The Connection Between Truck Driver Eating Habits and Mental Health

Always suggests that when truckers reach for a snack, they should pause and ask themselves if they are genuinely hungry. Often, people resort to eating out of boredom or to alleviate feelings of loneliness, she points out

Green-go Trucker 13/10/2023 MATTHEW GOSSETT (The Green-Go Trucker)
Screenshot 2023-10-12 at 11.16.53 PM

In the fast-paced world of long-haul trucking, the conversation around driver health frequently gravitates toward concerns about unhealthy eating habits and weight management. However, beneath the surface, these challenges often have a deeper connection to mental health, shining a light on a lesser-explored aspect of the profession.

According to a 2014 survey conducted by the National Institute of Occupational Safety and Health, a startling revelation emerged: seven out of every ten long-haul truckers are classified as obese, a figure that is twice the obesity rate observed in the broader U.S. working population. But what's even more concerning is the finding from previous research titled "Trucking Organization and Mental Health Disorders of Truck Drivers": approximately 30% of truckers reported feelings of loneliness and depression.

Remarkably, food, much like other substances, can sometimes serve as an unhealthy coping mechanism or even develop into an addiction for truck drivers. In comparison to drugs and alcohol, food is more accessible, cost-effective, and doesn't impair judgment on the job, making it a seemingly more acceptable option for those seeking solace.

Ethan Slaughter, founder of the Copeland Hall Research Institute and COO of Christenson Transportation, believes that seeking help from a mental health professional can be a valuable approach to understanding the underlying causes of unhealthy eating habits. However, he acknowledges that there's a stigma surrounding therapy, especially in industries like trucking, which are traditionally male-dominated.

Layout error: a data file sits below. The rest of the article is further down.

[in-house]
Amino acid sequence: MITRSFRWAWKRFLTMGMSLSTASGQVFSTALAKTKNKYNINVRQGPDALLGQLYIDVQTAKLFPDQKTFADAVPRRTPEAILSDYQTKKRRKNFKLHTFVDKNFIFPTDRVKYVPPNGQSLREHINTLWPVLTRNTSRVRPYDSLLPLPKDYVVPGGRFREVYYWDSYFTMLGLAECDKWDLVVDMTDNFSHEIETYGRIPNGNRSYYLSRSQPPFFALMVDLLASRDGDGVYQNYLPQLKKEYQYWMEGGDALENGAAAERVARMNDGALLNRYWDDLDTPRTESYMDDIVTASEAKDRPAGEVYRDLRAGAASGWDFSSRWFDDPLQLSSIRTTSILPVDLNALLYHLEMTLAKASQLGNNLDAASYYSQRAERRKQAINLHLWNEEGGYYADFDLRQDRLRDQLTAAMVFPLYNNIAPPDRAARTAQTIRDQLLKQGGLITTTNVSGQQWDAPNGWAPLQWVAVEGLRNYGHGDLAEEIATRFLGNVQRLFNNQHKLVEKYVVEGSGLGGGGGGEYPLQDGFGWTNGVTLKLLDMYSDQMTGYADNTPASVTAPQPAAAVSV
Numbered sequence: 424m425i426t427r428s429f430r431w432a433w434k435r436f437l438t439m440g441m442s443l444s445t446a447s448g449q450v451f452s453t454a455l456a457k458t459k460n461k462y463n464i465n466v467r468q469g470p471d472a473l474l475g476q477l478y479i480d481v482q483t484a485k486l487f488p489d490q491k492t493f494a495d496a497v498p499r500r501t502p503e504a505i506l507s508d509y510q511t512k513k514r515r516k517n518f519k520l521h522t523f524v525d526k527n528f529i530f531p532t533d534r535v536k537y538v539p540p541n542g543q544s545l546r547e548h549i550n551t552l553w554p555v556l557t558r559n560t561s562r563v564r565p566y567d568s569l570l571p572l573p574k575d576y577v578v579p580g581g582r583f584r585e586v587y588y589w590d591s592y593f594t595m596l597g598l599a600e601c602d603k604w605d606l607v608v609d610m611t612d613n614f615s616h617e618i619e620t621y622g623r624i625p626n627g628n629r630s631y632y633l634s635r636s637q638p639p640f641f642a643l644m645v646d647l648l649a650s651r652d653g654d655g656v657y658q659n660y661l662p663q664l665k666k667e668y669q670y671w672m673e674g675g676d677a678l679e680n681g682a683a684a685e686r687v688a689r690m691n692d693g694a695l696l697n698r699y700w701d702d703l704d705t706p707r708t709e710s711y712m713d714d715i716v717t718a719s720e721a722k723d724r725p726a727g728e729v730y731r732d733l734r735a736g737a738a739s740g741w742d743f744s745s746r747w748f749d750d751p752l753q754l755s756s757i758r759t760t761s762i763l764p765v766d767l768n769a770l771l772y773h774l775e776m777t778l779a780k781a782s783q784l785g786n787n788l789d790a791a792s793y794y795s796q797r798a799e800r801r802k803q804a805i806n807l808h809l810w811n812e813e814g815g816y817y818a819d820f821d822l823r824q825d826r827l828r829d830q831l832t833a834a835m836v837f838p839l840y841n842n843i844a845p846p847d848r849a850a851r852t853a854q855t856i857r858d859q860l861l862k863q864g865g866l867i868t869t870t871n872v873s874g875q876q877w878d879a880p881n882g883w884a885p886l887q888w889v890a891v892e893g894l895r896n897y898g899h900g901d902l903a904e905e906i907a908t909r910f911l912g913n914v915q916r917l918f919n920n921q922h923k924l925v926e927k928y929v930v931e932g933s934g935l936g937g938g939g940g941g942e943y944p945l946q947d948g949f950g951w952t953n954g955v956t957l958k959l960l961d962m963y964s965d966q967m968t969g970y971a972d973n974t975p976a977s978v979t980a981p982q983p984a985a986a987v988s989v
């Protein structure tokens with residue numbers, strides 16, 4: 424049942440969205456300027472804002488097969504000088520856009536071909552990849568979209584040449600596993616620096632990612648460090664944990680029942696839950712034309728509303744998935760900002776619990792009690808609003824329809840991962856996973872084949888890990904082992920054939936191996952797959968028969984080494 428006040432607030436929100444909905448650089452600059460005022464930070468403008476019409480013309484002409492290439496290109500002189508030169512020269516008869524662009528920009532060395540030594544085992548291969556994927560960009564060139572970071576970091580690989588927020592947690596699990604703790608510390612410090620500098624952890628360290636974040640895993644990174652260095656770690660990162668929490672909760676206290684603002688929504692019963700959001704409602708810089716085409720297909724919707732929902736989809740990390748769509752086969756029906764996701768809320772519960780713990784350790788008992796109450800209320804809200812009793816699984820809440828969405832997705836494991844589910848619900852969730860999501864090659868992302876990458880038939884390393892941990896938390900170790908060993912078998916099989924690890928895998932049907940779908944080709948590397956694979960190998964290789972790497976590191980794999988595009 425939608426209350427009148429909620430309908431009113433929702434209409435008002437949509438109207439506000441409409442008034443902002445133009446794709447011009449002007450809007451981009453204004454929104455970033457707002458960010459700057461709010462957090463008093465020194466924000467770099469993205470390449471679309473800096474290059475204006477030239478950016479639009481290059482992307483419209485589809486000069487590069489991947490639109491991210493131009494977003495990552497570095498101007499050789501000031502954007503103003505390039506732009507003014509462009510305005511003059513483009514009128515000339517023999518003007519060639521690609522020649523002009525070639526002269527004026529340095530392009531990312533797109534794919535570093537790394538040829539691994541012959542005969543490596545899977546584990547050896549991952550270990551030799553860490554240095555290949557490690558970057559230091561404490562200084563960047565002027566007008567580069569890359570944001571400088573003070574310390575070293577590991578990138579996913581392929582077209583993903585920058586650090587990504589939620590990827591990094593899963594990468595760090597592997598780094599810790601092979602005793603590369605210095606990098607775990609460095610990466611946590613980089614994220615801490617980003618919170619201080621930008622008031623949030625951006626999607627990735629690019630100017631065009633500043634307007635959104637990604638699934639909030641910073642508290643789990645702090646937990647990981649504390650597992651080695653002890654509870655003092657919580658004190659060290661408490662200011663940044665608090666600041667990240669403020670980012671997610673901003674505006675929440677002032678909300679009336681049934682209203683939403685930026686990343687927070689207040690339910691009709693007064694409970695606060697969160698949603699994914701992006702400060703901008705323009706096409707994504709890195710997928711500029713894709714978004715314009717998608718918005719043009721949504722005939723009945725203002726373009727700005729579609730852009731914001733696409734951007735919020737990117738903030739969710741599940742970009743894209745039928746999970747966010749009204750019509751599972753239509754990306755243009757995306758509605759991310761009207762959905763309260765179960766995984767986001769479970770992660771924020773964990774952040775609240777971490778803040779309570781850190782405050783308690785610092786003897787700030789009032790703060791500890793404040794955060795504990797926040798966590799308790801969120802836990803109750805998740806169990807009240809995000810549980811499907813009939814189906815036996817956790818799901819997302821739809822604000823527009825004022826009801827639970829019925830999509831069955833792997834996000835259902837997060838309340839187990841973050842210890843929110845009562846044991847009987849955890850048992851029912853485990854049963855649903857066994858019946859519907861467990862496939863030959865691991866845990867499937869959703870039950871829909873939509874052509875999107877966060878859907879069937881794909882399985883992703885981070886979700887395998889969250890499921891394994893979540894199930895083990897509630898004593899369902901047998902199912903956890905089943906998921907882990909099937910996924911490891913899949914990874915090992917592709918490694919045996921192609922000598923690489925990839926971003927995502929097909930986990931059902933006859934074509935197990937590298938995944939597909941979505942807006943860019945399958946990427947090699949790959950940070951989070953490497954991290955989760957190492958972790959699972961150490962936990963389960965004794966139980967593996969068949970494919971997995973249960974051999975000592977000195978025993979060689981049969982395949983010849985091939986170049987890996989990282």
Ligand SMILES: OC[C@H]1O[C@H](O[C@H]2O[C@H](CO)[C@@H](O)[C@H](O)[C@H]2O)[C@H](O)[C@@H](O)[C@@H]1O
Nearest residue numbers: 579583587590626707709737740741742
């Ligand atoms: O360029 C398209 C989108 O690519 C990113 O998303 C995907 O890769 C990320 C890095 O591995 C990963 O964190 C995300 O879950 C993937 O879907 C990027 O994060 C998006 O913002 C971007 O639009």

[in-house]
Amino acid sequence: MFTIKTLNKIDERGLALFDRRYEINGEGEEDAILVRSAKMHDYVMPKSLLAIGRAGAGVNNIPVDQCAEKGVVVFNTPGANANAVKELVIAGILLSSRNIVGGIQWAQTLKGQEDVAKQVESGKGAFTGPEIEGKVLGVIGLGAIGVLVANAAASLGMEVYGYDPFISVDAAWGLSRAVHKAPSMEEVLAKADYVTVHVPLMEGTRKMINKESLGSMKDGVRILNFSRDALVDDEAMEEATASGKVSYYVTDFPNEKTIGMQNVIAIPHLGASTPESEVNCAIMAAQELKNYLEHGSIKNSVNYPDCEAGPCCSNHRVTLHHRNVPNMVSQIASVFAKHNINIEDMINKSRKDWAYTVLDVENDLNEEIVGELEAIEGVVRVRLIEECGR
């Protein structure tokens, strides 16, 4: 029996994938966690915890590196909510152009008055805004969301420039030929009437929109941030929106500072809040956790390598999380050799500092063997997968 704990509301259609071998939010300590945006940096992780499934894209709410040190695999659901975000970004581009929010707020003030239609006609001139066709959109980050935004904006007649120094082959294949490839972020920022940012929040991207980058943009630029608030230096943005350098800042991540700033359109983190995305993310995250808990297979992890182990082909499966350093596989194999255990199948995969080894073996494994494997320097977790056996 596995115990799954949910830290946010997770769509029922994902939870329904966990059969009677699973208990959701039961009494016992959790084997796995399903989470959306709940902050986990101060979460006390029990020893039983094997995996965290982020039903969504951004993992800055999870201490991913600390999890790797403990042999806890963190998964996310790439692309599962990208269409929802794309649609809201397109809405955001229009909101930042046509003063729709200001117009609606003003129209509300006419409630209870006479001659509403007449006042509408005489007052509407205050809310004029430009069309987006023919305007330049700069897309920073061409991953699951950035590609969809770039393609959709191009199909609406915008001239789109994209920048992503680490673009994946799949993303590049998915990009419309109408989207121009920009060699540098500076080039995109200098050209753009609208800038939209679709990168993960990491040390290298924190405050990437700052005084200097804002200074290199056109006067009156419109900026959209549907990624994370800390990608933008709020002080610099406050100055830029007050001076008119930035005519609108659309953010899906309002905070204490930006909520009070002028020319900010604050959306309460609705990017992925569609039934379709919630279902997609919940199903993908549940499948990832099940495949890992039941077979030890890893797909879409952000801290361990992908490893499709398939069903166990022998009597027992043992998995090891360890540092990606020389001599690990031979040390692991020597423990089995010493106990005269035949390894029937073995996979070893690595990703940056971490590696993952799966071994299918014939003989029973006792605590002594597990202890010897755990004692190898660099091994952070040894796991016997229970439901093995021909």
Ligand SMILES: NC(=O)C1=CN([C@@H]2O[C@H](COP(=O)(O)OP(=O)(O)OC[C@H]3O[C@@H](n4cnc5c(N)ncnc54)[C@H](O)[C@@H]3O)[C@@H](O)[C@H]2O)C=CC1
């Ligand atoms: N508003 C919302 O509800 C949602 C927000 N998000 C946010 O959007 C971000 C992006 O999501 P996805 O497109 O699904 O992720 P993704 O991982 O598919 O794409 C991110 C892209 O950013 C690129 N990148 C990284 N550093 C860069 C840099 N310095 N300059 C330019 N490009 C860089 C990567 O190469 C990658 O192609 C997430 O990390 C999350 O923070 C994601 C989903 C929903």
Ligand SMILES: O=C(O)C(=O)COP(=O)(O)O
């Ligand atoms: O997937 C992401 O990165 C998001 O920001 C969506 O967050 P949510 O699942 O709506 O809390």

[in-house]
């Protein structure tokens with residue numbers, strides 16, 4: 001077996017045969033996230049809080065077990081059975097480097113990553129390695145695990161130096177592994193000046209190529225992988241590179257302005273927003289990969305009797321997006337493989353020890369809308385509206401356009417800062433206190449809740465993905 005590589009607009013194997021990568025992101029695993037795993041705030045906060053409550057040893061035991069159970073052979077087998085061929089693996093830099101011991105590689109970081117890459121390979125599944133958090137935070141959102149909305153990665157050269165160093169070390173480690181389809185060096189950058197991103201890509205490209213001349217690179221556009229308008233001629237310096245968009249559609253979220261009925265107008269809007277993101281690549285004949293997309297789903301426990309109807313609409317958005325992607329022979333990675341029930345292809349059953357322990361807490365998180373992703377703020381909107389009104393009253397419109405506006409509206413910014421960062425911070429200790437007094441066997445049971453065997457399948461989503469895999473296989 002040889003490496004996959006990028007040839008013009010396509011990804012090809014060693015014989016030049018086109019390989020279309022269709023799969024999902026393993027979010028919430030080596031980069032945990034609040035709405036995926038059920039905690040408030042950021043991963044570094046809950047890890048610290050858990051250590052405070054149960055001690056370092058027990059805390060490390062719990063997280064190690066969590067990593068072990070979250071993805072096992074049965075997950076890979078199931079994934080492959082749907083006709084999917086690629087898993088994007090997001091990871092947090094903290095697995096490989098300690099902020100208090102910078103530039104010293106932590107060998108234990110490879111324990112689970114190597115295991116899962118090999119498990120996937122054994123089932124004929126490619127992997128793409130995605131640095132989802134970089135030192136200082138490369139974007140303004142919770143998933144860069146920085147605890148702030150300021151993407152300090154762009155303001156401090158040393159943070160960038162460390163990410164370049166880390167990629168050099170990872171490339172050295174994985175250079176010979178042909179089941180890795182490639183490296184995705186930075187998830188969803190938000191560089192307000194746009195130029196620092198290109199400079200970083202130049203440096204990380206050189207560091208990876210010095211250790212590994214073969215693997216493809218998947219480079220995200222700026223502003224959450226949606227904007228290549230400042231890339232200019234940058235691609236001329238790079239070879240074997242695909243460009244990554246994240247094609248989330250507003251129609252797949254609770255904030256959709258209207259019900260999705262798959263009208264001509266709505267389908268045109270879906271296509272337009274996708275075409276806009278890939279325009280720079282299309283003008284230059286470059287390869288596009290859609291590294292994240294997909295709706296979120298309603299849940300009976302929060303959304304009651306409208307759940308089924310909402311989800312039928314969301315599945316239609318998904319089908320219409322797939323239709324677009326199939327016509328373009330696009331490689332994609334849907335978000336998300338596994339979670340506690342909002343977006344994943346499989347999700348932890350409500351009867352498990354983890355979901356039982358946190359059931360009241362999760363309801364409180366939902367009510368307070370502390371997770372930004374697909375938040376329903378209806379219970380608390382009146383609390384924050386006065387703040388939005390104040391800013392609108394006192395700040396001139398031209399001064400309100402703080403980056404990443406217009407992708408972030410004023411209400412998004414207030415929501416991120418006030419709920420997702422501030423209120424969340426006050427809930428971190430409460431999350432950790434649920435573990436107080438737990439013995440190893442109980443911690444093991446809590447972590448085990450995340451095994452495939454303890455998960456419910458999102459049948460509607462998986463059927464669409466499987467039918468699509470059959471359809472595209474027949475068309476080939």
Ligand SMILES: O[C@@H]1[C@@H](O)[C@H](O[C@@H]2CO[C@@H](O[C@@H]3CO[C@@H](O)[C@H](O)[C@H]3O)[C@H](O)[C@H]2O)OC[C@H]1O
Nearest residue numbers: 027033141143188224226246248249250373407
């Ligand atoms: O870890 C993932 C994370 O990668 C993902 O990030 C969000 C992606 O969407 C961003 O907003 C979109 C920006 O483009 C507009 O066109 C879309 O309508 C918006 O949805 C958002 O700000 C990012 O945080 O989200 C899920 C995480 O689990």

For those who may be hesitant to seek professional help, Jane Alway, past president of the Ontario Association of Mental Health Professionals (OAMHP) and a registered psychotherapist, offers self-help techniques. She emphasizes the importance of self-awareness and maintaining a healthy balance in life.

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Always suggests that when truckers reach for a snack, they should pause and ask themselves if they are genuinely hungry. Often, people resort to eating out of boredom or to alleviate feelings of loneliness, she points out.

Slaughter highlights that various underlying factors, such as financial stress, lack of respect on the road, and extended periods of isolation from family and community, can contribute to unhealthy eating habits among truck drivers. He recalls an example of a driver who would stock up on snacks before a long drive and mindlessly consume them during the journey, often finishing an entire bag of treats without realizing it.

In some cases, eating is associated with specific events or activities. To help identify and address these issues, drivers can use reminders like sticky notes placed around the cab. For instance, if the urge to eat strikes when pulling into a truck stop, these notes can serve as cues to explore the deeper triggers behind the craving, which may be related more to social connections than actual hunger.

Truckers with established patterns of coping through overeating can consider attending 12-step meetings or reaching out to therapists for support. Another effective strategy is practicing mindfulness, which involves staying present in the moment by paying attention to details like temperature and breathing patterns. This technique can help redirect thoughts away from impulsive eating.

Screenshot 2023-09-22 at 4.57.14 PMGreen-Go Trucker: Cargo Theft

Alway also recommends focusing on the act of eating itself, turning meals into mindful experiences. Above all, she emphasizes the need for self-compassion, recognizing that occasional lapses are part of the journey and should be met with forgiveness and a renewed commitment to using the available tools for healthier living.

In conclusion, the link between truck driver eating habits and mental health is an essential issue that deserves greater attention. Addressing the mental health aspects of this profession can lead to healthier eating habits and improved overall well-being for these hardworking individuals who spend long hours on the road. It's time to break the silence surrounding mental health in the trucking industry and support drivers in their quest for a healthier life on and off the highway.

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